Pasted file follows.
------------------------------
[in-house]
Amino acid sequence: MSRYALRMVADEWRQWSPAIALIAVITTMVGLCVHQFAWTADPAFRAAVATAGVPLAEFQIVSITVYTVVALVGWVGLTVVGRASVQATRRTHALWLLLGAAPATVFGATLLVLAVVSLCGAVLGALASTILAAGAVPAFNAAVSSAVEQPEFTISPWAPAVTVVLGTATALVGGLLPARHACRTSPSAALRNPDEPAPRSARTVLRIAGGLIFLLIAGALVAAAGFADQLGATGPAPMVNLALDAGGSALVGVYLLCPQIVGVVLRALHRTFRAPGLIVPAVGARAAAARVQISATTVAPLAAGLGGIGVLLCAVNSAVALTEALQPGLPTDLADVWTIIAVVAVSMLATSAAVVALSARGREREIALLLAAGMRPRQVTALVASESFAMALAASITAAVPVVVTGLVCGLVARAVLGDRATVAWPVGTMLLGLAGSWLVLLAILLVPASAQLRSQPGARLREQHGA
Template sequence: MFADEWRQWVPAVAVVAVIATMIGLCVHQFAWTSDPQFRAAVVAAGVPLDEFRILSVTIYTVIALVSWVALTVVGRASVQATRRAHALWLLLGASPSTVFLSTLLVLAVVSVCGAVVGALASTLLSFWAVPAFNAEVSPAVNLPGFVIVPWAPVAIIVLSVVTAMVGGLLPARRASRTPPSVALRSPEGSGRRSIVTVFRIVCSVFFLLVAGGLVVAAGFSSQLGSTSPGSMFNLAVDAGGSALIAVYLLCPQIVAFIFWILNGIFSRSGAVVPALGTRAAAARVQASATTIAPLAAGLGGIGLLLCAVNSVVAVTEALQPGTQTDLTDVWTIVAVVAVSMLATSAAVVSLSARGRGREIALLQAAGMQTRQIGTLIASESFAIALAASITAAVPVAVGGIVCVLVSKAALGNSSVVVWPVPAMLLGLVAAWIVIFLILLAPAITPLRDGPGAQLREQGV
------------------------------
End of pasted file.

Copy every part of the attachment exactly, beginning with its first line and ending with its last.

[in-house]
Amino acid sequence: MSRYALRMVADEWRQWSPAIALIAVITTMVGLCVHQFAWTADPAFRAAVATAGVPLAEFQIVSITVYTVVALVGWVGLTVVGRASVQATRRTHALWLLLGAAPATVFGATLLVLAVVSLCGAVLGALASTILAAGAVPAFNAAVSSAVEQPEFTISPWAPAVTVVLGTATALVGGLLPARHACRTSPSAALRNPDEPAPRSARTVLRIAGGLIFLLIAGALVAAAGFADQLGATGPAPMVNLALDAGGSALVGVYLLCPQIVGVVLRALHRTFRAPGLIVPAVGARAAAARVQISATTVAPLAAGLGGIGVLLCAVNSAVALTEALQPGLPTDLADVWTIIAVVAVSMLATSAAVVALSARGREREIALLLAAGMRPRQVTALVASESFAMALAASITAAVPVVVTGLVCGLVARAVLGDRATVAWPVGTMLLGLAGSWLVLLAILLVPASAQLRSQPGARLREQHGA
Template sequence: MFADEWRQWVPAVAVVAVIATMIGLCVHQFAWTSDPQFRAAVVAAGVPLDEFRILSVTIYTVIALVSWVALTVVGRASVQATRRAHALWLLLGASPSTVFLSTLLVLAVVSVCGAVVGALASTLLSFWAVPAFNAEVSPAVNLPGFVIVPWAPVAIIVLSVVTAMVGGLLPARRASRTPPSVALRSPEGSGRRSIVTVFRIVCSVFFLLVAGGLVVAAGFSSQLGSTSPGSMFNLAVDAGGSALIAVYLLCPQIVAFIFWILNGIFSRSGAVVPALGTRAAAARVQASATTIAPLAAGLGGIGLLLCAVNSVVAVTEALQPGTQTDLTDVWTIVAVVAVSMLATSAAVVSLSARGRGREIALLQAAGMQTRQIGTLIASESFAIALAASITAAVPVAVGGIVCVLVSKAALGNSSVVVWPVPAMLLGLVAAWIVIFLILLAPAITPLRDGPGAQLREQGV